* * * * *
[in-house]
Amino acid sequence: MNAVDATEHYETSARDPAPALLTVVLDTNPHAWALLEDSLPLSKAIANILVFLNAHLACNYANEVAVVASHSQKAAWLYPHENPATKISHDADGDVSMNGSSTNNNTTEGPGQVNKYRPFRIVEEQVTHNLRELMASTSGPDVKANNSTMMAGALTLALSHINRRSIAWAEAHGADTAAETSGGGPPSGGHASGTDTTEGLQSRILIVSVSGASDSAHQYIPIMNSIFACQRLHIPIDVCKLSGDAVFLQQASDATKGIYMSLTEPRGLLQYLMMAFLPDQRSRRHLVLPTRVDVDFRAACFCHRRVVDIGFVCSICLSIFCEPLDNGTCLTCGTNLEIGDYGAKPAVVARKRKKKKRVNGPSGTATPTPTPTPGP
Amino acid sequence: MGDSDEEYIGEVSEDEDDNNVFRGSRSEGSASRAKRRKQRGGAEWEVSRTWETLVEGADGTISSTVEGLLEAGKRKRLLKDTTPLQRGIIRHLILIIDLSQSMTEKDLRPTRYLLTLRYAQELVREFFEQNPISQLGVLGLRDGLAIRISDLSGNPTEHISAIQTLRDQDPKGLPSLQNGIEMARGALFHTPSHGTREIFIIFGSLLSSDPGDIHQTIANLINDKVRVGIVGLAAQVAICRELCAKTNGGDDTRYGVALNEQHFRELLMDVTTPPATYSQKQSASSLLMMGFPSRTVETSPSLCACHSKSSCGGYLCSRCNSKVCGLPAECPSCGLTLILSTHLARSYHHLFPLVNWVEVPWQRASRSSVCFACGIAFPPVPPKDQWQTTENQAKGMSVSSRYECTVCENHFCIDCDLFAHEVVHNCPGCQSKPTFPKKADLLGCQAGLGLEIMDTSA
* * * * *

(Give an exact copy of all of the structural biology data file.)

[in-house]
Amino acid sequence: MNAVDATEHYETSARDPAPALLTVVLDTNPHAWALLEDSLPLSKAIANILVFLNAHLACNYANEVAVVASHSQKAAWLYPHENPATKISHDADGDVSMNGSSTNNNTTEGPGQVNKYRPFRIVEEQVTHNLRELMASTSGPDVKANNSTMMAGALTLALSHINRRSIAWAEAHGADTAAETSGGGPPSGGHASGTDTTEGLQSRILIVSVSGASDSAHQYIPIMNSIFACQRLHIPIDVCKLSGDAVFLQQASDATKGIYMSLTEPRGLLQYLMMAFLPDQRSRRHLVLPTRVDVDFRAACFCHRRVVDIGFVCSICLSIFCEPLDNGTCLTCGTNLEIGDYGAKPAVVARKRKKKKRVNGPSGTATPTPTPTPGP
Amino acid sequence: MGDSDEEYIGEVSEDEDDNNVFRGSRSEGSASRAKRRKQRGGAEWEVSRTWETLVEGADGTISSTVEGLLEAGKRKRLLKDTTPLQRGIIRHLILIIDLSQSMTEKDLRPTRYLLTLRYAQELVREFFEQNPISQLGVLGLRDGLAIRISDLSGNPTEHISAIQTLRDQDPKGLPSLQNGIEMARGALFHTPSHGTREIFIIFGSLLSSDPGDIHQTIANLINDKVRVGIVGLAAQVAICRELCAKTNGGDDTRYGVALNEQHFRELLMDVTTPPATYSQKQSASSLLMMGFPSRTVETSPSLCACHSKSSCGGYLCSRCNSKVCGLPAECPSCGLTLILSTHLARSYHHLFPLVNWVEVPWQRASRSSVCFACGIAFPPVPPKDQWQTTENQAKGMSVSSRYECTVCENHFCIDCDLFAHEVVHNCPGCQSKPTFPKKADLLGCQAGLGLEIMDTSA